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About People and the Environment

The People and the Environment program at the National Museum explores the complex relationships Australians have with their physical environment.

We're interested in the ways in which people's lives shape and are shaped by the environment.

At a time when the challenges of living on the Australian continent are great, so too are the opportunities for understanding and reinvention. We hope that by looking at what we've done in the past, and by talking with people to build our ecological understanding now, we can respond to the challenges and the opportunities that flow from them in the future.

A landscape image with a green crop in the foreground, the rock ruins of a building right, and hills behind.
Remains of the Goimbla homestead, near Eugowra in New South Wales. Photo: Jason McCarthy.

Ecological understanding and the future

Australians face significant challenges to how we live on and with this continent. As our numbers grow, and we buy more stuff, use more electricity, drive more cars and create more waste, we are increasing pressure on inherently finite land, water and air resources. It seems inevitable that, at some point, these resources simply won't be able to continue to support our current lifestyles.

Global climate change is taking hold, shifting rainfall patterns, fostering deadly events such as bushfire and flood, and demanding that we find new ways to build our homes, get around and grow food and fibre.

A man stands in a field talking with two men in bushfire brigade uniforms.
Curator George Main discusses a controlled 'slow burn' with members of the Gundary Bushfire Brigade. Photo: George Serras.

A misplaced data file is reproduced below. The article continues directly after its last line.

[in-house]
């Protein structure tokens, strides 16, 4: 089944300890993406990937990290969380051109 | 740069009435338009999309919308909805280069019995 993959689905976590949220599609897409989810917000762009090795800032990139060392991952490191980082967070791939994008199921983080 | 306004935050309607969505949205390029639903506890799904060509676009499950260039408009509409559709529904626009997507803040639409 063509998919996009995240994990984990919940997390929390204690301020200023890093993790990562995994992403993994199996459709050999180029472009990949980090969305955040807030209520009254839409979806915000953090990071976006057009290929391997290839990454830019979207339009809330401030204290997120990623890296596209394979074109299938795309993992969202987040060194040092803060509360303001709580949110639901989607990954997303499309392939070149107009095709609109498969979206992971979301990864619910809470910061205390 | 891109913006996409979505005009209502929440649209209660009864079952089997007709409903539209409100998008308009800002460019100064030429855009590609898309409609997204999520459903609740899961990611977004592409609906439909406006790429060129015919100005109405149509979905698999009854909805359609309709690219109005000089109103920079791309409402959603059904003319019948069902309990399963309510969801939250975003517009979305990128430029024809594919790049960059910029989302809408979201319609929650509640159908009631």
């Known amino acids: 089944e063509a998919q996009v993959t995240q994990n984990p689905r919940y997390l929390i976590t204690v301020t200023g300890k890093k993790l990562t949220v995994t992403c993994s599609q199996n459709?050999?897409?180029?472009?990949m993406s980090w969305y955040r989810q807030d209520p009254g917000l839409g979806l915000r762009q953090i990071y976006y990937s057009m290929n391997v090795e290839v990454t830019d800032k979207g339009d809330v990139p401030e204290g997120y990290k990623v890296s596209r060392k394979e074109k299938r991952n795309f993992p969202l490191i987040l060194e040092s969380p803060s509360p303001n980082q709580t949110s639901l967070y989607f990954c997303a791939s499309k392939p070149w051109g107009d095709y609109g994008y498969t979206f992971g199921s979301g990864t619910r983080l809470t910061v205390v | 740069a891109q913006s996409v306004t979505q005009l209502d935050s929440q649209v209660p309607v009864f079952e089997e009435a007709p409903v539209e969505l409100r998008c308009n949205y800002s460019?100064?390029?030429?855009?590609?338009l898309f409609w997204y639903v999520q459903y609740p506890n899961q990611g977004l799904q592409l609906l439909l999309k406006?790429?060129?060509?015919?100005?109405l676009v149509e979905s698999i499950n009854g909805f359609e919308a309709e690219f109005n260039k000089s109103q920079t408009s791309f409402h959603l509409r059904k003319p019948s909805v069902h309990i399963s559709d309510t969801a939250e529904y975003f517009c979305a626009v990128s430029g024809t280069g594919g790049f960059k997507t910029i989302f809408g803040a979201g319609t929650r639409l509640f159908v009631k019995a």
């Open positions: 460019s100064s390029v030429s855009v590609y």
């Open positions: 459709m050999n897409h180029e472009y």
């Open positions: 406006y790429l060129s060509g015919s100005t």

And as our cities spread, farmland extends and vegetation is cleared, diverse species are pushed towards extinction, de-stabilising ecological networks and diminishing our world in ways we probably don’t yet understand. Opportunities for re-inventing our communities in creative new ways are apparent everywhere.

At the National Museum, we believe that building our ecological understanding is crucial for Australian people to perceive, engage and respond to these challenges, and the opportunities that flow from them.

We aim to help Australians tune in to the ways in which we are inherently enmeshed in dynamic systems that incorporate us together with diverse plants, animals, algae and viruses, with soils and landforms, roads and buildings, and the flows of waterways, fire systems and weather patterns.

We think this ecological knowledge is central to Australians grasping who we are and how we think and feel, as well as what we do, have done and should do in the future.

Responding to the world around us

The People and the Environment approach to building knowledge is material and historical. We’re interested in how physical things – such as objects, collections, landscapes, structures and bodies – record, reveal and participate actively in constructing and mediating our connections with our environments.

A man and a woman each holds and examines a large bone.
Curator Kirsten Wehner and equine veterinarian Mark Ethell examine a horse skeleton from the National Museum's collection. Photo: Jason McCarthy.

After all, in a world where something appears to have gone wrong with how we relate to our physical environments, attending to 'materiality' seems inherently promising.

We're not, however, simply focused on things in and of themselves.

Our take is historical in that we try to develop contexts for objects and the lives with which they are enmeshed.

We explore ways in which experiences, perspectives and choices can be understood better when considered as part of longer and broader trajectories of change.

In other words, we tell stories with, through and about things, elaborating threads of connection that can help us locate ourselves within, make sense of and start to respond in more considered and meaningful ways to the world around us.

Research areas

Research underpins the National Museum’s work creating collections, exhibitions, online features, publications and projects. The People and the Environment program focuses on four research areas: